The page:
The Information Management Act requires that you dispose of government information only in accordance with an approved information schedule or with the approval of the Chief Records Officer.


Part 7 - Personal Information Banks

A personal information bank (PIB) is a collection of personal information searchable by name or unique identifier.

A personal information bank is a collection of personal information that is organized or searchable by the name of the individual or an identifying number, symbol or other identifier. A personal information bank can be a simple list of personal information. Personal information banks contain personal information that is:

  • Linked to an identifiable individual
  • Organized and capable of being retrieved by a personal identifier
  • Normally compiled for a single purpose

Briefly describe your personal information bank and the ministries and organizations involved. The information you provide will be used to update the Personal Information Directory.


 Part 8 - Additional Risks

In Part 8, consider whether there are additional risks to personal information in your initiative that have not been addressed by the other questions in the template.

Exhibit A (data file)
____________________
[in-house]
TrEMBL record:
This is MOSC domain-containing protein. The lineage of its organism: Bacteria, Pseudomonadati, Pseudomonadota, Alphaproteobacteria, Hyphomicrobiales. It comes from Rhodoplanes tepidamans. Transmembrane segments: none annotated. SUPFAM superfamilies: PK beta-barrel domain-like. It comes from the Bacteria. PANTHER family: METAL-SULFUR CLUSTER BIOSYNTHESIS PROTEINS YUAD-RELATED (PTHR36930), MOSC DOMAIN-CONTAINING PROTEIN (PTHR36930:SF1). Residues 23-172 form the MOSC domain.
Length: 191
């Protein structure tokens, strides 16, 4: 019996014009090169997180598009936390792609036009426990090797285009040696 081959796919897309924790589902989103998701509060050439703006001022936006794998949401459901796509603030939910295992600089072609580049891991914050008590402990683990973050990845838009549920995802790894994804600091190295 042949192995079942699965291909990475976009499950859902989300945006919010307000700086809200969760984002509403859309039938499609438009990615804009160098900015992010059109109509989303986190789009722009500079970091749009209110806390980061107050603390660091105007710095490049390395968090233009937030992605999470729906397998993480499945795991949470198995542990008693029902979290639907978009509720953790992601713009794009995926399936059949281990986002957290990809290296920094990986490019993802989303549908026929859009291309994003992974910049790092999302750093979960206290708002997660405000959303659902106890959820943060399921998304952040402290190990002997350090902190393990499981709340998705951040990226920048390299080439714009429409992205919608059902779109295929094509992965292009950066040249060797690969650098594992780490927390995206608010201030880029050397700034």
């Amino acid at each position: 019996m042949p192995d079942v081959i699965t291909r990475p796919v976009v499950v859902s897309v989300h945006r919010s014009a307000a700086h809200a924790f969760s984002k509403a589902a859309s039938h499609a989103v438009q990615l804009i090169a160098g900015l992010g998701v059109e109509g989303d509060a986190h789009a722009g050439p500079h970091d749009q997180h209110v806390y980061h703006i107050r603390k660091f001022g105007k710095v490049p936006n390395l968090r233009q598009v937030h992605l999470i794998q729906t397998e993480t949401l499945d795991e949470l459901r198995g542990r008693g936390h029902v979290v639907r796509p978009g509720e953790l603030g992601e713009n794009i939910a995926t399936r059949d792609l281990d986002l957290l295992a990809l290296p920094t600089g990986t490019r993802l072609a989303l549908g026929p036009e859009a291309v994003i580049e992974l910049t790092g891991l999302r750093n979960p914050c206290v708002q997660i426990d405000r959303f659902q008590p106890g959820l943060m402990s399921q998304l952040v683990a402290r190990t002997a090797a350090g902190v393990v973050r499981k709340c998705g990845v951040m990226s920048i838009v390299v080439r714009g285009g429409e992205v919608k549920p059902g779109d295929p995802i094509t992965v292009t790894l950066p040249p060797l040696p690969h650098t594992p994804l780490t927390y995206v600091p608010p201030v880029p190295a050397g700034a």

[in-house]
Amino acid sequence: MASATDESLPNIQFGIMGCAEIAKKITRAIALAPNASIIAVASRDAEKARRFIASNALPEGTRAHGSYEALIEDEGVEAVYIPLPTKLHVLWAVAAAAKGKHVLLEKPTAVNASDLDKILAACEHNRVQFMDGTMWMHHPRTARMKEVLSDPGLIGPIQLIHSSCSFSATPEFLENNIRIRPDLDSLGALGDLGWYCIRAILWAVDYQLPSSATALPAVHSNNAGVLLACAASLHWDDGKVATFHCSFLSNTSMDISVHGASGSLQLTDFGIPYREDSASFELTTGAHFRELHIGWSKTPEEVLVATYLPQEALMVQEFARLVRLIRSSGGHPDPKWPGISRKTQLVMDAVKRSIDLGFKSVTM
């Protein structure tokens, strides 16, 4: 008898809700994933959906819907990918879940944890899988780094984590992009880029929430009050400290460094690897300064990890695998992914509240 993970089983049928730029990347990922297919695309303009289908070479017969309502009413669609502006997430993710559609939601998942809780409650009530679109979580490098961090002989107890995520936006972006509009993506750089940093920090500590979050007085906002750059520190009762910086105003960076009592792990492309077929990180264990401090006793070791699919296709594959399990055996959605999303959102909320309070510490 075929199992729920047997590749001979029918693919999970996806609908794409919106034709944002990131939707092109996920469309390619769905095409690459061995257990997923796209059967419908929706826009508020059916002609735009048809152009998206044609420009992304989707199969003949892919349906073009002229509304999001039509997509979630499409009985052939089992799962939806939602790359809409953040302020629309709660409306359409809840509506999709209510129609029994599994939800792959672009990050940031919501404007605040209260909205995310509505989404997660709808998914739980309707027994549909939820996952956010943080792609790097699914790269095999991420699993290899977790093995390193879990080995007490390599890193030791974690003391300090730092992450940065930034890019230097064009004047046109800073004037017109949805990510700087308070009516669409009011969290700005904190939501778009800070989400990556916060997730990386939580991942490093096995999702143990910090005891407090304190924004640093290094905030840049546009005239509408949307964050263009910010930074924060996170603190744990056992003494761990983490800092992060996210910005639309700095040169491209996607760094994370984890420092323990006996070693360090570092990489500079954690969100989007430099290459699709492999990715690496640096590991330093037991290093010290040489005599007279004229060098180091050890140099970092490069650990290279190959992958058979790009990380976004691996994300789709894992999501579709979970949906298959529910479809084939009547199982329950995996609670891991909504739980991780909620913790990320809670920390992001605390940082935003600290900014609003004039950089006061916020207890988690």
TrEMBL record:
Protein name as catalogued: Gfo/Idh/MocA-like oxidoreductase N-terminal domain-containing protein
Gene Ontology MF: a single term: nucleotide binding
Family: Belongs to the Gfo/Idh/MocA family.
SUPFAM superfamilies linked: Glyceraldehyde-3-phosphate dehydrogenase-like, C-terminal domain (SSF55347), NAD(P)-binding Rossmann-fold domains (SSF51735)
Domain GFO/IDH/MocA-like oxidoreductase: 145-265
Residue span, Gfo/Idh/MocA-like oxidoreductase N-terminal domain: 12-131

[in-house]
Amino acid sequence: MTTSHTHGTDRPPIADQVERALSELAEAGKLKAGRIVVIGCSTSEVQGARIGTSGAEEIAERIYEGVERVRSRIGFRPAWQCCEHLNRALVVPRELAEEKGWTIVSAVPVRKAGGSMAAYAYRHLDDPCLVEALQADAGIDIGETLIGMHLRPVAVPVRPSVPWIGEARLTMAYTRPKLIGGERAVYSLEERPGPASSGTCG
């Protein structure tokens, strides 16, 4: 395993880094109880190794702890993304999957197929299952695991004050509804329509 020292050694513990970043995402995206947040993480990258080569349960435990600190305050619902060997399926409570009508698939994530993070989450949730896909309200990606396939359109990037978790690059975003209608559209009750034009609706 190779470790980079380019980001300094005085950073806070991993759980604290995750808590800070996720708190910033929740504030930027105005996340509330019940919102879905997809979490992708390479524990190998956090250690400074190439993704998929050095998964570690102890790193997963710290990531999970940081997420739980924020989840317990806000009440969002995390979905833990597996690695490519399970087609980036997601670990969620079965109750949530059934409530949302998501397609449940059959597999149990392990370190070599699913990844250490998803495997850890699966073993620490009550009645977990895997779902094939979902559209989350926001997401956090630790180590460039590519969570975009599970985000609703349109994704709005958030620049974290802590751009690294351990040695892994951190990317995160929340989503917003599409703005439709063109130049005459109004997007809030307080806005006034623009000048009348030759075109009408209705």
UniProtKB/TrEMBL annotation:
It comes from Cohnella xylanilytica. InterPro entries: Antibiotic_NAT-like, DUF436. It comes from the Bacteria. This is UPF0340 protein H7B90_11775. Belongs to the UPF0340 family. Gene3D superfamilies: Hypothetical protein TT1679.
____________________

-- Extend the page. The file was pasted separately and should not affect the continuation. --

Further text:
This question is to identify any risks that have not been contemplated by the other questions on the PIA template. Your MPO may be able to help you identify any additional risks. For each risk, identify how you will manage, mitigate or otherwise reduce the likelihood that the risk will occur or reduce the impact of the risk.

After you submit your PIA, you MPO may identify additional risks during their review. Your MPO will enter the risks into this table or request that you enter them. Your MPO will ask you to identify a risk reduction strategy for each additional risk.


Part 9 - Signatures and Summary

  • Work with your MPO to make sure the PIA is complete
  • Determine whether you or your MPO will submit the PIA to the Privacy, Compliance and Training Branch (PCT)
  • Submit the PIA to for review

PCT will assign a privacy advisor to review the PIA. The privacy advisor may determine that your PIA should be submitted to the Office of the Information and Privacy Commissioner for review and comment. The privacy advisor will create a summary of their review, sign the PIA and return it to you for signatures.

  • Get signatures from your program area manager and your Assistant Deputy Minister (if the project involves personal information) or your Executive Director (if there is no personal information in your project)
  • Get your Ministry Information Security Officer's (MISO) signature if the MISO reviewed or contributed to your PIA.

After everyone has signed, return the PIA to PCT. Your privacy advisor will list the PIA in the Personal Information Directory (PID).

You have completed your PIA and may start your project.

If at any stage you change how you collect, use, store or share personal information, complete an initiative update PIA.